I can die happy now
Back in 2012, I got my first road bike for my 17th birthday and it changed my life. Forget girls, drugs and alcohol, I have to be up for a bike race at the asscrack of dawn. Sometimes I think I should go back and smack myself. After a little research, I found the closest race to me: Kelly Cup and somehow got myself signed up for the Juniors 15-18 category. I had no idea what I was walking into. I got completely smacked down and with such a busy summer, did not return until the next year. I did some research and realized that it is normal for the Juniors categories to be much harder than the beginner categories. Lesson learned.
Fast forward to Kelly Cup 2015: I have just come off my second season of collegiate bike racing and am having my best season yet. This year has already included five top 5s including my first win plus improvements in power that have made me very hopeful for my future in the sport. And yet, I was in for another smackdown.
After some consulting with my coach, we concluded that I would probably be OK doing both the Category 3 and P123 races. However, we failed to take into account the fact that finals can put even someone with ice flowing through their veins on edge. This leads to some fairly heavy physiological stress that I have not experienced before but as I now know, that’s what 4 engineering courses in one semester does to you.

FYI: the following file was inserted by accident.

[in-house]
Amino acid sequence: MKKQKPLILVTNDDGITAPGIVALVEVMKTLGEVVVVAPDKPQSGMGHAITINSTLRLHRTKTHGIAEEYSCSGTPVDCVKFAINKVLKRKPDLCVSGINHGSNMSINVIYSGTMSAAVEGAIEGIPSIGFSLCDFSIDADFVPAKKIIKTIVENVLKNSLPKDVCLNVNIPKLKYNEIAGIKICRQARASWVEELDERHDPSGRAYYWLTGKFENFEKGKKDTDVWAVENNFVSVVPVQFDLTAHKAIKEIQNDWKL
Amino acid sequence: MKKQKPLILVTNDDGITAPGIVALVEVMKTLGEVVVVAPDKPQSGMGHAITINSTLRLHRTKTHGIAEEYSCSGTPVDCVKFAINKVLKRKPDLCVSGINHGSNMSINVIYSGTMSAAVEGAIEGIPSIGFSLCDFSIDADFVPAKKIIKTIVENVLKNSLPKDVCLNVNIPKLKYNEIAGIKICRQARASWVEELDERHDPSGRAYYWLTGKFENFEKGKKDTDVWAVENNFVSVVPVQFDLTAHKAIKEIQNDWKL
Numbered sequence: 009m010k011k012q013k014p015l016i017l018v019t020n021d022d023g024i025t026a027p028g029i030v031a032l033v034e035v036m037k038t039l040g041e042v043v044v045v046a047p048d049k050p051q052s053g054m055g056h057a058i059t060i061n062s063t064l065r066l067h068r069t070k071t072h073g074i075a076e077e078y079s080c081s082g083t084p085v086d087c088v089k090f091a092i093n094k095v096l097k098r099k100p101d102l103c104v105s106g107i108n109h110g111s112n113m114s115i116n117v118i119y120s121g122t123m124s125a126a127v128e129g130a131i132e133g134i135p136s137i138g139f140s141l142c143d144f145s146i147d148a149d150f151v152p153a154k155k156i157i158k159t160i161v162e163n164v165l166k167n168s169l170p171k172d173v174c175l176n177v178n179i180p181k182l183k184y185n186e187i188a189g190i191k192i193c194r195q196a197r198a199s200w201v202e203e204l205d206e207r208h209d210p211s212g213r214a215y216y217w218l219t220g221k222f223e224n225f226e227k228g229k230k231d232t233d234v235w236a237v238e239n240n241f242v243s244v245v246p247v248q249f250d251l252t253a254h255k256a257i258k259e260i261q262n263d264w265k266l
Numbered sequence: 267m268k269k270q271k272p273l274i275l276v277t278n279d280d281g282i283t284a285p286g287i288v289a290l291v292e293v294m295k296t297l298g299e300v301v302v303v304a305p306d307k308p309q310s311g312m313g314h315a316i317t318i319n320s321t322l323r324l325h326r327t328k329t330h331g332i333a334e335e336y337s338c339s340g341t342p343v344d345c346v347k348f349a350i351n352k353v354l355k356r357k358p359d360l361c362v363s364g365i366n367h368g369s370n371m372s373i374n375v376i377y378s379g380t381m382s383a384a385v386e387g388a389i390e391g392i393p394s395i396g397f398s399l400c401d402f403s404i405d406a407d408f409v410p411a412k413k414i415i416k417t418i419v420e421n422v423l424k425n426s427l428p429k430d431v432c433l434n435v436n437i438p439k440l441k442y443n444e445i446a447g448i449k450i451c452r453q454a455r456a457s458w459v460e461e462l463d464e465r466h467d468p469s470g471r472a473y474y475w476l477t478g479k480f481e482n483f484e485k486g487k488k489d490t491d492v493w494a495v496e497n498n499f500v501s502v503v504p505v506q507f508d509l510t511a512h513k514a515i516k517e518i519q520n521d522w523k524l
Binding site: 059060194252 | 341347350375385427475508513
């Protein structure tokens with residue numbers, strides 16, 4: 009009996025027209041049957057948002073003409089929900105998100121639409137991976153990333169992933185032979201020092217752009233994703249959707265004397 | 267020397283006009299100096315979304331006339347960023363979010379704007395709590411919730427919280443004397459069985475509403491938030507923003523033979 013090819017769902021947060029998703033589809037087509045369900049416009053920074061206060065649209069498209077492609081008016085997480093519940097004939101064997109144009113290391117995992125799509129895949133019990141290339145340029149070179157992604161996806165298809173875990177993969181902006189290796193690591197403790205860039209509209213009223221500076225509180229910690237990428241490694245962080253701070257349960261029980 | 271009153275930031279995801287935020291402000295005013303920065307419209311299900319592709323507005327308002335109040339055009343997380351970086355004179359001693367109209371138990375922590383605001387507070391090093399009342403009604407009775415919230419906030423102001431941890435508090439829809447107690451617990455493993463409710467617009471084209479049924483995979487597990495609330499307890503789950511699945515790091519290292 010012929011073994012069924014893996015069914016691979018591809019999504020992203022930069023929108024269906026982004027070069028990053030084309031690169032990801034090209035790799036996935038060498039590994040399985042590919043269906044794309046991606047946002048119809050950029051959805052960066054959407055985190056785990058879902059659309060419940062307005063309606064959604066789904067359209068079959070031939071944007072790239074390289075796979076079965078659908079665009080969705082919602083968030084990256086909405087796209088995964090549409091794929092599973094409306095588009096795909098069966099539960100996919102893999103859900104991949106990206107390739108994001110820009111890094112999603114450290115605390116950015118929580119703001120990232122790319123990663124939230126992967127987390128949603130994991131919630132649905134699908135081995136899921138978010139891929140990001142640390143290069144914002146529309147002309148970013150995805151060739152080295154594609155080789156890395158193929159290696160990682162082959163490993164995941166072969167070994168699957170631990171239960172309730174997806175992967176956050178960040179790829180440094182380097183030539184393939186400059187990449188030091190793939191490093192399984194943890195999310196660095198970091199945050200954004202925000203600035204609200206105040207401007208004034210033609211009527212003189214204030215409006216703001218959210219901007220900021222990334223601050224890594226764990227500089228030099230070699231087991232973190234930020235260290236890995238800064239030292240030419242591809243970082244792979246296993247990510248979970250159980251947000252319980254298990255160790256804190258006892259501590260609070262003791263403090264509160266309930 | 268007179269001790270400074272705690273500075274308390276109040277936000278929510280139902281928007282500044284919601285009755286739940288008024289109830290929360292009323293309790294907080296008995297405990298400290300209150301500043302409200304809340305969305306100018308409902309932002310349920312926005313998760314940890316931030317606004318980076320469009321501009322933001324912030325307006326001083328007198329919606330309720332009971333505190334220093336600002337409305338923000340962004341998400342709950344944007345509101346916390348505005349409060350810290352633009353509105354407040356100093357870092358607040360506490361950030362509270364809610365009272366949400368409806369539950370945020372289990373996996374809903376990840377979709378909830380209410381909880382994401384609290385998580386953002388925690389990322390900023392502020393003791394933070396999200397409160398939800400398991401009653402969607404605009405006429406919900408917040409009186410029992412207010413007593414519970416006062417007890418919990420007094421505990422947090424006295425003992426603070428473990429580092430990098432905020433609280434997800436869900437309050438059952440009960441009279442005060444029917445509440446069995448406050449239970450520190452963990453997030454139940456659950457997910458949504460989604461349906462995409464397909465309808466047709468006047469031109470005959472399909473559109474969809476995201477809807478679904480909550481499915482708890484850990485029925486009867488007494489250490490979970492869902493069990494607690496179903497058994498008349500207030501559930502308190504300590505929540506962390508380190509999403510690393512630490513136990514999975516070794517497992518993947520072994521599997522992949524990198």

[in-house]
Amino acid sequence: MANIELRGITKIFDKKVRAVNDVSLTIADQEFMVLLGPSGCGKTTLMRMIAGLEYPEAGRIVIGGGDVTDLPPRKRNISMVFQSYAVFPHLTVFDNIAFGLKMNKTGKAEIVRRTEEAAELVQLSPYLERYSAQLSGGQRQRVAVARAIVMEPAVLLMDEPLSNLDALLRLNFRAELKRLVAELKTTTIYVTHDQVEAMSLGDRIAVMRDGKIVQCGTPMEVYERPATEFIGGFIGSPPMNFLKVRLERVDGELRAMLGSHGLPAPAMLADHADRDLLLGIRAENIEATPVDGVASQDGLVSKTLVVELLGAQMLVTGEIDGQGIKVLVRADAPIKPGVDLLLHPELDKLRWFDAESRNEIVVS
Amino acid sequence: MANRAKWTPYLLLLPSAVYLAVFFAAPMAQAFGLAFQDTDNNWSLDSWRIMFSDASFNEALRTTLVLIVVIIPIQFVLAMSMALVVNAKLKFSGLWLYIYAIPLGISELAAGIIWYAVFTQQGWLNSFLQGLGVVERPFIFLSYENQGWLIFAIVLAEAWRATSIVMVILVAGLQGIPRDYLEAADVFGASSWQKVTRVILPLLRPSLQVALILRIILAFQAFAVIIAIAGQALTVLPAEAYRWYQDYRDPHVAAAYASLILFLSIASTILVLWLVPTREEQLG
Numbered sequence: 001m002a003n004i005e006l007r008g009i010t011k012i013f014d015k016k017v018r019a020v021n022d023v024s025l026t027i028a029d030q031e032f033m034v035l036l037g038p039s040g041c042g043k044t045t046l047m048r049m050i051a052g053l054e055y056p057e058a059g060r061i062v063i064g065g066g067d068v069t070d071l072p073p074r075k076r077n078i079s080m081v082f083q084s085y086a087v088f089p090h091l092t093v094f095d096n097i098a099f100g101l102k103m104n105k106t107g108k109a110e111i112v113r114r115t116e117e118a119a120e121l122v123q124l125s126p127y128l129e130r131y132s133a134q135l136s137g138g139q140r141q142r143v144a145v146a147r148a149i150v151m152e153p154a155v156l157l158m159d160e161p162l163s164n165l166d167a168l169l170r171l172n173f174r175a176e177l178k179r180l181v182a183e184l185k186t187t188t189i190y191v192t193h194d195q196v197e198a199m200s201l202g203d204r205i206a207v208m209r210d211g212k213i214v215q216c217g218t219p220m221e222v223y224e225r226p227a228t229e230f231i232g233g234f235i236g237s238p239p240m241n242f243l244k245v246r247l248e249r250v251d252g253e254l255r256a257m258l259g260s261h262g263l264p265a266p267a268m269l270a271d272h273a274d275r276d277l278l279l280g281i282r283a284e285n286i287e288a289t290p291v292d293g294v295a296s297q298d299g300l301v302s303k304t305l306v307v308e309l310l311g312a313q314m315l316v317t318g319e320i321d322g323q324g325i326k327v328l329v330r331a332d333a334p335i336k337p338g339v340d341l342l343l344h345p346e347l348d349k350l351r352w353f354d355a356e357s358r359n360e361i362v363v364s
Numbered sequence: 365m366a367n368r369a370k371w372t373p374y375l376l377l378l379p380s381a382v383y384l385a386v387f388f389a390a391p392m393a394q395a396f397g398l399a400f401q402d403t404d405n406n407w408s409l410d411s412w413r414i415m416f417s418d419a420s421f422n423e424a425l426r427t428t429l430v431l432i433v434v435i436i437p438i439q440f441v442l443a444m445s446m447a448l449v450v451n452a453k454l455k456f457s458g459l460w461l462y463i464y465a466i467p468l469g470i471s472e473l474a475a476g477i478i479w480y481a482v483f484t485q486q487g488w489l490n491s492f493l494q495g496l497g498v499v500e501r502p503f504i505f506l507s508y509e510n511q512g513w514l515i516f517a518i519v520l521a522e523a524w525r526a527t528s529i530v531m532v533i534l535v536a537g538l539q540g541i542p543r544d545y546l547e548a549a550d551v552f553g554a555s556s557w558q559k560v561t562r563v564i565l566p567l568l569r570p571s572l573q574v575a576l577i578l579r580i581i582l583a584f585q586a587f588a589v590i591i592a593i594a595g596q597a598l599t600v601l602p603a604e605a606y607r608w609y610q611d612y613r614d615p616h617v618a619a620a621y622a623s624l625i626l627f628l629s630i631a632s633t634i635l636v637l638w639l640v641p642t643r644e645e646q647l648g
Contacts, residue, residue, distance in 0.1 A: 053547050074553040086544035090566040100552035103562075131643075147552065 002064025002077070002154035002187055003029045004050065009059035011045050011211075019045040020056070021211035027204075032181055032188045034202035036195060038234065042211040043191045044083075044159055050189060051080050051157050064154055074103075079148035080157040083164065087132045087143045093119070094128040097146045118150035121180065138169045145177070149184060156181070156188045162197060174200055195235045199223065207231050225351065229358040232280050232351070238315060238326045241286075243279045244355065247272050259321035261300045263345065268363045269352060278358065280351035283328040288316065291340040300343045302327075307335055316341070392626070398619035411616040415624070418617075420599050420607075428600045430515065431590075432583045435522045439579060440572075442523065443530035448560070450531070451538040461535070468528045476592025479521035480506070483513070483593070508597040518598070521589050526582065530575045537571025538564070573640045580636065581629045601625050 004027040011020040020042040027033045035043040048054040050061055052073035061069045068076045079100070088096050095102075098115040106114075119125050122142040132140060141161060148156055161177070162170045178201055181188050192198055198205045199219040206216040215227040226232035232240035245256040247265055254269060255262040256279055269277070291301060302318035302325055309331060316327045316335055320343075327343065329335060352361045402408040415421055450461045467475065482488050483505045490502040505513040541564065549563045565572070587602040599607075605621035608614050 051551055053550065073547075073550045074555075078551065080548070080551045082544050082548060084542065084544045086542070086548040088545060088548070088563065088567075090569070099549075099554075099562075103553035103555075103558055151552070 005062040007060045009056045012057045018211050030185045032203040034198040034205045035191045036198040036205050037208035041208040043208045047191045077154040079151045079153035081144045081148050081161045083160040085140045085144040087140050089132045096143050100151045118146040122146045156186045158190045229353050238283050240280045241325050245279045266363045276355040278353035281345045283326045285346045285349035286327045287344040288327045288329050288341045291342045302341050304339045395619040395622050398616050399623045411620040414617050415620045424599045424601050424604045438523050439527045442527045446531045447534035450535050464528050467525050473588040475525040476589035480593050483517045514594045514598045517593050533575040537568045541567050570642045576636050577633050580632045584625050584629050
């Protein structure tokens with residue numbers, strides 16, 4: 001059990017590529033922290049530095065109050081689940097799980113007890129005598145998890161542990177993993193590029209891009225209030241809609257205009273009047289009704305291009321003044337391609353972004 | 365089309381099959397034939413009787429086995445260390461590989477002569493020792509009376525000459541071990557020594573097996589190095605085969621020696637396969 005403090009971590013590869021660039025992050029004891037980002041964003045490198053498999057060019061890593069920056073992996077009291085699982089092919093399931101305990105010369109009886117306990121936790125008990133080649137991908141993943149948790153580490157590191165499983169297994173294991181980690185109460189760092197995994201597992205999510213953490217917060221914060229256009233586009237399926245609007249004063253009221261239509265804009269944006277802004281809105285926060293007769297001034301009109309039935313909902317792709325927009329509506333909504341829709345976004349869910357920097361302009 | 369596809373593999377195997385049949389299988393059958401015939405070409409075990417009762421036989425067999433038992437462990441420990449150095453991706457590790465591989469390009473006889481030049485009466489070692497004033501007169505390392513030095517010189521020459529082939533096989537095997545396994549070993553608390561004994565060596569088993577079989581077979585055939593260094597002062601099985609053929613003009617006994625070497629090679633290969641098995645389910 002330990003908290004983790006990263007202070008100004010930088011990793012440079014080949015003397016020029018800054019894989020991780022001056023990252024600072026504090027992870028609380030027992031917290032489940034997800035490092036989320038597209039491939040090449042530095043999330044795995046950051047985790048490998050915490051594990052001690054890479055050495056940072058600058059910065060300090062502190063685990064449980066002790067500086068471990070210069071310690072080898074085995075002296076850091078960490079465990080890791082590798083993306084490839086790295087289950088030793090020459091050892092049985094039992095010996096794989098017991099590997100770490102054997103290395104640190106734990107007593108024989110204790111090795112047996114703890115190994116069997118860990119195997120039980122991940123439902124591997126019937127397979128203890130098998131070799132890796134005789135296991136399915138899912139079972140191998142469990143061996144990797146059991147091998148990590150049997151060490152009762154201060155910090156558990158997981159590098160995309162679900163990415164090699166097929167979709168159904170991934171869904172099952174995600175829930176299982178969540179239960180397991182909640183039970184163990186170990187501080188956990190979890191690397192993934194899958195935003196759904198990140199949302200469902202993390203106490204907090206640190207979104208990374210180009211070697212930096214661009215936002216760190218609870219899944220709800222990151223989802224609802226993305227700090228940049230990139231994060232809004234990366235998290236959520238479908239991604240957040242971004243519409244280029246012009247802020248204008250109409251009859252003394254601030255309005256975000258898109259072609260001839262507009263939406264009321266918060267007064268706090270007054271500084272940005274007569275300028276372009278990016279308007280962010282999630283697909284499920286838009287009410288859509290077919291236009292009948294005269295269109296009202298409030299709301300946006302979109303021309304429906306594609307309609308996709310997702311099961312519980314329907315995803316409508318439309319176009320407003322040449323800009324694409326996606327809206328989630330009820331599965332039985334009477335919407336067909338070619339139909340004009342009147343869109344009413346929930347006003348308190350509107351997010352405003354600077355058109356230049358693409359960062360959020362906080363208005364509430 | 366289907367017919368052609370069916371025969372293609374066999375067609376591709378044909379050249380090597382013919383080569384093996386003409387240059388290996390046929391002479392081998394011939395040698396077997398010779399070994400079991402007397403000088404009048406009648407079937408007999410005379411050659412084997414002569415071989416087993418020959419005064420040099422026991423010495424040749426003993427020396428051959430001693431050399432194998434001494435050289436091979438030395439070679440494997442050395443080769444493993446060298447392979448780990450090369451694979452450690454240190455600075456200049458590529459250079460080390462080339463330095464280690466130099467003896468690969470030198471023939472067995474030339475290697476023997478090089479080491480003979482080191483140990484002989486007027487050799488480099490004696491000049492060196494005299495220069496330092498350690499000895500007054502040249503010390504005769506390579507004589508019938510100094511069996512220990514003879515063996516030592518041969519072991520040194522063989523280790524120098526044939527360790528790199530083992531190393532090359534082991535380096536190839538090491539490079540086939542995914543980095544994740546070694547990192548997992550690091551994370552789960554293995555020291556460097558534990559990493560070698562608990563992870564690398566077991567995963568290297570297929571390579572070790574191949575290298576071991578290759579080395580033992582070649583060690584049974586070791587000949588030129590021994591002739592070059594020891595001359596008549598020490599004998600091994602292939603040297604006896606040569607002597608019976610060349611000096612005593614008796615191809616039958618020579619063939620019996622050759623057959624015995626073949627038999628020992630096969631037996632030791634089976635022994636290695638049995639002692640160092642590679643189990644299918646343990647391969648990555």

So, I got to the race and it was just brutally hot, it actually felt like someone had opened the door to hell after the freezing winter we had. In his book, Phil Gaimon suggested getting tick marks on your upper thigh to indicate temperature based on how low your scrotum sags. It would have been really easy to tell the differences using that method. The day varied between 70 and 95 degrees depending on whether the sun was behind the clouds plus 70%+ humidity. If my sweat had been collected, it would have been exactly an assload of sweat.
After realizing that someone had unintentionally (or intentionally, I’m gonna give Baltimore the BOTD in case of more riots) taken one of my gelbots, I got in a solid warm-up and felt really good. For most people, that would be a good thing but I have never done well in races where I feel awesome right beforehand. The Category 3 was first and during the race, I felt like every time I put down power to accelerate through the pack, I was unable to sustain any effort. The pack was small too, so there was little chance to recover in the draft. Thankfully, Ezra bridged to the right move and stayed away with his group of 3 to come in 2nd. I worked with a 20/20 guy to slow the group and put in a move at the bell but couldn’t stay away. Drifted in for a post-pack finish and congratulated Ezra.
The good thing about the day is that I had the foresight to bring my water jug (the 5 gallon type that goes in a water cooler). I have that because at WVU, we were advised to not drink the tap water due to mine tailing and fracking and so we went to “Gucci Krogers” and purchased it. I have had it since and it has been invaluable in providing hydration. This summer, I am planning on building a rig so that it can be stable and pour out of a car and not move.